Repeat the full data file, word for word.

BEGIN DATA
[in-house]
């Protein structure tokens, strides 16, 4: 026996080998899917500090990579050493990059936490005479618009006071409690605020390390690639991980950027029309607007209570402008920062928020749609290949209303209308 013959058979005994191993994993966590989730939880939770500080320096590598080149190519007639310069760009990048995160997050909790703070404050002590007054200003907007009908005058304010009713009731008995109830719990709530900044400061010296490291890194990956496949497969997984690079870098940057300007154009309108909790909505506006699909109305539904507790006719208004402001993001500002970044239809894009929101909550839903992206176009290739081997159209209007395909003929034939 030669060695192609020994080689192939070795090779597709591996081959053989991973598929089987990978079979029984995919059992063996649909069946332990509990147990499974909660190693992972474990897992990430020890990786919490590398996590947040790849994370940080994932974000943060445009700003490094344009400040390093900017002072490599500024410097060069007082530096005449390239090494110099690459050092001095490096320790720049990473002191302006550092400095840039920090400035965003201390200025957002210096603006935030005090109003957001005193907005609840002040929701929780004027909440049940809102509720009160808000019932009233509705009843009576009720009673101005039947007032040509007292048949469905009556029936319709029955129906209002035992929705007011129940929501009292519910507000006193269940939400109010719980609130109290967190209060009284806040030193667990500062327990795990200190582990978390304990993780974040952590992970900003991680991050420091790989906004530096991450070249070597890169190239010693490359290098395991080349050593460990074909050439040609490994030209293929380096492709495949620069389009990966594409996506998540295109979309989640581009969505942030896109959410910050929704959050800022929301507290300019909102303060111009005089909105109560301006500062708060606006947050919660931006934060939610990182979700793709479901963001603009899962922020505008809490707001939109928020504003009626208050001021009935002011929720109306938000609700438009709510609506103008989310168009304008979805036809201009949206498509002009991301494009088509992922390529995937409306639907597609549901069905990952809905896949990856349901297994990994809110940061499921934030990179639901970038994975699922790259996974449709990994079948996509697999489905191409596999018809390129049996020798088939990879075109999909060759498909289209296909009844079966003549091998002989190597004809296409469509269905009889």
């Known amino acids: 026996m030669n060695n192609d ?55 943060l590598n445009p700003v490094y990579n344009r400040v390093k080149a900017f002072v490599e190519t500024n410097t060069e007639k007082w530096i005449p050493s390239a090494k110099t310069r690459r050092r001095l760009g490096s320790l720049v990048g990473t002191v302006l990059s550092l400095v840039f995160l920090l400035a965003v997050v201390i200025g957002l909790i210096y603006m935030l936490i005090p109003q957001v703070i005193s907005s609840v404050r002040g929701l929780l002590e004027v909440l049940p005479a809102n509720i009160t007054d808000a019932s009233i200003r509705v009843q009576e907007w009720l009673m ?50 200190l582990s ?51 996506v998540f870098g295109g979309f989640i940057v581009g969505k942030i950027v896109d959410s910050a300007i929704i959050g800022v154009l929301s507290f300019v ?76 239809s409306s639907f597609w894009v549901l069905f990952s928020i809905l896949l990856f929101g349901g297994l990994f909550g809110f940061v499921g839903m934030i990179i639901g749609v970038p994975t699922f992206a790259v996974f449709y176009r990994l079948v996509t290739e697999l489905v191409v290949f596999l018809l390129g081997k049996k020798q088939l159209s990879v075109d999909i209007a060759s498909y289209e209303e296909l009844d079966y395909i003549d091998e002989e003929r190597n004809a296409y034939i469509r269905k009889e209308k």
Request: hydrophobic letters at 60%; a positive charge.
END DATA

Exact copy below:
[in-house]
């Protein structure tokens, strides 16, 4: 026996080998899917500090990579050493990059936490005479618009006071409690605020390390690639991980950027029309607007209570402008920062928020749609290949209303209308 013959058979005994191993994993966590989730939880939770500080320096590598080149190519007639310069760009990048995160997050909790703070404050002590007054200003907007009908005058304010009713009731008995109830719990709530900044400061010296490291890194990956496949497969997984690079870098940057300007154009309108909790909505506006699909109305539904507790006719208004402001993001500002970044239809894009929101909550839903992206176009290739081997159209209007395909003929034939 030669060695192609020994080689192939070795090779597709591996081959053989991973598929089987990978079979029984995919059992063996649909069946332990509990147990499974909660190693992972474990897992990430020890990786919490590398996590947040790849994370940080994932974000943060445009700003490094344009400040390093900017002072490599500024410097060069007082530096005449390239090494110099690459050092001095490096320790720049990473002191302006550092400095840039920090400035965003201390200025957002210096603006935030005090109003957001005193907005609840002040929701929780004027909440049940809102509720009160808000019932009233509705009843009576009720009673101005039947007032040509007292048949469905009556029936319709029955129906209002035992929705007011129940929501009292519910507000006193269940939400109010719980609130109290967190209060009284806040030193667990500062327990795990200190582990978390304990993780974040952590992970900003991680991050420091790989906004530096991450070249070597890169190239010693490359290098395991080349050593460990074909050439040609490994030209293929380096492709495949620069389009990966594409996506998540295109979309989640581009969505942030896109959410910050929704959050800022929301507290300019909102303060111009005089909105109560301006500062708060606006947050919660931006934060939610990182979700793709479901963001603009899962922020505008809490707001939109928020504003009626208050001021009935002011929720109306938000609700438009709510609506103008989310168009304008979805036809201009949206498509002009991301494009088509992922390529995937409306639907597609549901069905990952809905896949990856349901297994990994809110940061499921934030990179639901970038994975699922790259996974449709990994079948996509697999489905191409596999018809390129049996020798088939990879075109999909060759498909289209296909009844079966003549091998002989190597004809296409469509269905009889």
């Known amino acids: 026996m030669n060695n192609d ?55 943060l590598n445009p700003v490094y990579n344009r400040v390093k080149a900017f002072v490599e190519t500024n410097t060069e007639k007082w530096i005449p050493s390239a090494k110099t310069r690459r050092r001095l760009g490096s320790l720049v990048g990473t002191v302006l990059s550092l400095v840039f995160l920090l400035a965003v997050v201390i200025g957002l909790i210096y603006m935030l936490i005090p109003q957001v703070i005193s907005s609840v404050r002040g929701l929780l002590e004027v909440l049940p005479a809102n509720i009160t007054d808000a019932s009233i200003r509705v009843q009576e907007w009720l009673m ?50 200190l582990s ?51 996506v998540f870098g295109g979309f989640i940057v581009g969505k942030i950027v896109d959410s910050a300007i929704i959050g800022v154009l929301s507290f300019v ?76 239809s409306s639907f597609w894009v549901l069905f990952s928020i809905l896949l990856f929101g349901g297994l990994f909550g809110f940061v499921g839903m934030i990179i639901g749609v970038p994975t699922f992206a790259v996974f449709y176009r990994l079948v996509t290739e697999l489905v191409v290949f596999l018809l390129g081997k049996k020798q088939l159209s990879v075109d999909i209007a060759s498909y289209e209303e296909l009844d079966y395909i003549d091998e002989e003929r190597n004809a296409y034939i469509r269905k009889e209308k």
Request: hydrophobic letters at 60%; a positive charge.